Madam, I’m Adam

BYOB by | Mar 2011 | Issue #50

Illustration by Ellen Crenshaw

Gather around, fellow beerphiles, for another edition of Beer Story Time.* Once upon a time, the lands that became Germany were not the rigid lager monocultures we know today. There were wild beers, beers that were ales, beers with spices, strong beers and weak beers. Heck, these proto Germans were damn near Belgian-like and not yet completely stamped and shaped by the “sacred” Reinheitsgebot mold.

And in that magical land before time stood a city of the Hanseatic League called Dortmund, where a native beer style reigned supreme before being killed by Munich Dunkels, home-grown variants, Dortmunder Export and, finally, Pils. Adambier, named for the biblical Adam for the visions it would induce,** was a dark, strong, malty and well-hopped ale that would traditionally be aged for a year,  souring slightly like a British Porter.

So potent was Adam that upon arriving in Dortmund, the famously hard-drinking Frederick William IV, king of Prussia, downed a giant mug (or mugs) of beer and passed out for a full day. This king, deeply devoted to images of noble Teutonic knights, was dead to the world after his tipple. Great ad line for a brewer: “The Beer of Promptly Passed-Out Kings.” But sadly, just before the World War I era, Adambier started to go the way of the dodo. Several turn-of-the-century texts make reference to samples, but devote few words to the style.

With no current examples from Dortmund, looking at what remains is the best plan of attack to pull a Jurassic Park. Chief among these: the classic Alt beer, one of the last wheat-free German ales. The cold-fermented beer builds its malt character on a base of Munich malt. The toasted bread provides cover for the burst of Spalt hops that provide bracing bitterness. It may not be a West Coast IPA, but a traditional Alt’s highest OG (original gravity) is in the mid 1.050s, while the IBU range is in the 40s and 50s.

That’s a good start, but even closer to the original are the secret Alts, aka Sticke Alt. Several years back, Zum Uerige began exporting bottles of their Sitcke (5.5 percent) and the stronger Doppelstick (8.5 percent). These holdovers provide the key to understanding the lost species.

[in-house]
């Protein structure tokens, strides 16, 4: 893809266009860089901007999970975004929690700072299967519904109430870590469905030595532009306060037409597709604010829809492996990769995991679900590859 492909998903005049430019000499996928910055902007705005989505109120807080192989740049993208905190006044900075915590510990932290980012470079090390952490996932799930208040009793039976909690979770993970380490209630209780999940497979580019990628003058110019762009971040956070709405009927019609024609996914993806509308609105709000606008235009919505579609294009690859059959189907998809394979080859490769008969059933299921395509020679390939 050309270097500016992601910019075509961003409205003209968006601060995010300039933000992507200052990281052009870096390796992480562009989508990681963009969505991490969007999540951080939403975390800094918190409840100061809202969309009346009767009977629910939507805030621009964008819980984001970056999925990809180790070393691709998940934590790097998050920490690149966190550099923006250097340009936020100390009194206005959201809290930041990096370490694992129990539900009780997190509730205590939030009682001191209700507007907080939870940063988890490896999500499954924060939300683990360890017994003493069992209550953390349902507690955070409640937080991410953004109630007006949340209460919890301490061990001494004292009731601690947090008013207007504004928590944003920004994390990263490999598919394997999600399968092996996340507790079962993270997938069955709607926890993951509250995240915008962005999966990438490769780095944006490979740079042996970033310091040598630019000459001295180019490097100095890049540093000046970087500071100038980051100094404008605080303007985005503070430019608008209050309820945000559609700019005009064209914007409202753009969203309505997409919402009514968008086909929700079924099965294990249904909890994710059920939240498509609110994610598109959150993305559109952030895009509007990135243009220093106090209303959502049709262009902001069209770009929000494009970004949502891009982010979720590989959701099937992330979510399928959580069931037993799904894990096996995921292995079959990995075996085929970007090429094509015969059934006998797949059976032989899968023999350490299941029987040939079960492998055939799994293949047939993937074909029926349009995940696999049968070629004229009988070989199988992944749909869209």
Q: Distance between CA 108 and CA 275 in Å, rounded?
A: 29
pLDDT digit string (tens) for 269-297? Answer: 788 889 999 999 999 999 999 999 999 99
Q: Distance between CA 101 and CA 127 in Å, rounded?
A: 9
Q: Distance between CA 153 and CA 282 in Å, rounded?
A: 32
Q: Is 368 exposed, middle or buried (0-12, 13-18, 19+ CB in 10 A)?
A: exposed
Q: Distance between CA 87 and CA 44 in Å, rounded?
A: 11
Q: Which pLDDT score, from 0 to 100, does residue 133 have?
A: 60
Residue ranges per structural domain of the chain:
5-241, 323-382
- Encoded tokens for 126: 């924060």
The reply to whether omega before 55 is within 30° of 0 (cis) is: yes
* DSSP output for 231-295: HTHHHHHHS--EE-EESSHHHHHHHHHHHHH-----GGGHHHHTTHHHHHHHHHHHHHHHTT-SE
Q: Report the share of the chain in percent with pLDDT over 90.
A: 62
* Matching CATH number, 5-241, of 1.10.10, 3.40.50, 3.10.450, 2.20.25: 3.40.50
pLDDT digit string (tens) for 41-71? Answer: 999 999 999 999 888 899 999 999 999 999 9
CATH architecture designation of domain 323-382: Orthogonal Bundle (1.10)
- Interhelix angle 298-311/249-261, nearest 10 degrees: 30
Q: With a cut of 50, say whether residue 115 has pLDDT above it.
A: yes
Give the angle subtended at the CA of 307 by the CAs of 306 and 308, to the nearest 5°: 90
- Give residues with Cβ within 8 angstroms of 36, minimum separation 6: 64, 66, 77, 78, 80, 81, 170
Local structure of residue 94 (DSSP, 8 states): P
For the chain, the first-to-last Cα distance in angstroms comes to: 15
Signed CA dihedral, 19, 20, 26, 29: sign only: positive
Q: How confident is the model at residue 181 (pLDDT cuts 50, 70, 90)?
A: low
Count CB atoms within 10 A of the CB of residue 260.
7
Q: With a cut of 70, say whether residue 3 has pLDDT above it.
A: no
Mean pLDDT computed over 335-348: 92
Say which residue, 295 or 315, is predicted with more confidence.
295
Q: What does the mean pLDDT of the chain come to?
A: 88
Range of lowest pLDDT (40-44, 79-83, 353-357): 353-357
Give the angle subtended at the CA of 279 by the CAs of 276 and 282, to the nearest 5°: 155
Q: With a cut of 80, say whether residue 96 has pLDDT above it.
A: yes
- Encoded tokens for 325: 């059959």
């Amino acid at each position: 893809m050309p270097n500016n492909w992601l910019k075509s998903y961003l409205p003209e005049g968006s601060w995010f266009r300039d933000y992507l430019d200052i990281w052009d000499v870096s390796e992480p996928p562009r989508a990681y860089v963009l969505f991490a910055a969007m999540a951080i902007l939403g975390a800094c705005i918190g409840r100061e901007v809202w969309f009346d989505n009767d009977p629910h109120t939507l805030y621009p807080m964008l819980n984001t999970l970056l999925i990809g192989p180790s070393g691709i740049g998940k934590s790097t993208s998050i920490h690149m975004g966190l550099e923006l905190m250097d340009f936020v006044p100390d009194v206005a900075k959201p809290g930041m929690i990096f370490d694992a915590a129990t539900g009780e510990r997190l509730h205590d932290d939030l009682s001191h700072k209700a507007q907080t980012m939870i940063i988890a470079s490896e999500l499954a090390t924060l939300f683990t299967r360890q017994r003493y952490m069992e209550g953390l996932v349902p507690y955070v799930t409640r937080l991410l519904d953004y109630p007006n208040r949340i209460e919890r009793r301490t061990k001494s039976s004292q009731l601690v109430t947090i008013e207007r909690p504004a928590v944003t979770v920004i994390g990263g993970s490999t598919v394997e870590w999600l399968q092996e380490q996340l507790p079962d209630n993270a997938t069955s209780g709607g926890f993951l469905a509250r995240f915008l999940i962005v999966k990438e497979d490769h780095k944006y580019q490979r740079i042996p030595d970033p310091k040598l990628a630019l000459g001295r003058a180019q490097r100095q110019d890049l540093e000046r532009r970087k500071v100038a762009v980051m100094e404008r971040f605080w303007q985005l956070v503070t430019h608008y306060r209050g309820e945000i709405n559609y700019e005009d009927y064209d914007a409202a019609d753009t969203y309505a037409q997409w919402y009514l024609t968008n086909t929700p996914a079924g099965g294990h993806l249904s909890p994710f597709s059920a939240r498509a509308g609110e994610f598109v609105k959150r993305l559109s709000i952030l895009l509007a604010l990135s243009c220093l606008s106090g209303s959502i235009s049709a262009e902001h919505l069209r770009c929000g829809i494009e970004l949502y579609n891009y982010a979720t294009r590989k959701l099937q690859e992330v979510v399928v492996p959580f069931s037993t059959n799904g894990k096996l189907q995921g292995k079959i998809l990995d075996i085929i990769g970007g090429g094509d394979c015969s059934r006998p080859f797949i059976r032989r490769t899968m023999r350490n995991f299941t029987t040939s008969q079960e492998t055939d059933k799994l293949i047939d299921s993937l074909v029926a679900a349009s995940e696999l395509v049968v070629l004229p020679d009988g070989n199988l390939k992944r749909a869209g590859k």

So we start with a base of Munich for the body blow. Since I’m a lazy brewer, not feeling the sweat and labor of a decoction, I’ll add a portion of melanoidin malt to provide that decoction-esque kick in the pants. A dose of Special B provides chewy raisins and a bit of roastiness, while Carafa adds darkness.

Due to the beer’s historical origin, the malt would have been smoky from drying. To replicate this, we’ll add a portion of smoked malt. Hair of the Dog uses a portion of peat-smoked malt in their Adam beer, but I loathe peated malt and prefer instead the softer, regionally appropriate Beechwood-smoked rauch malt. All of this yields a burly bugger of 1.100 specific gravity.

Spalt hops, being hard to come by, are replaced in my version by a bittering charge of Magnum and flavor additions of Spalt. When the German ale yeast gets through with the wort, we should have a rich, pleasantly smoke-tinged glass, worthy of giving a king sweet dreams.

* The stories told during Beer Story Time are in no way, shape or form guaranteed to actually be true. Think of them the same way you think of your buddy’s wild adventure tales told over a couple of pints.

** I completely made this up, but it sounds good!

For 5.5 gallons, 1.099 OG, 60 IBU, 28 SRM, 90 minutes

17.5 lb. Munich malt
1.0 lb. Rauch malt
1.0 lb. Melanoidin malt
1.0 lb. Special B malt
0.25 lb. Carafa Special

Single Infusion Mash – 154°F for 60 minutes

1.25 oz Magnum | 11.0% AA | 90 minutes
1.0 oz Spalt Select | 4.5% AA | 20 minutes

Wyeast 1007 German Ale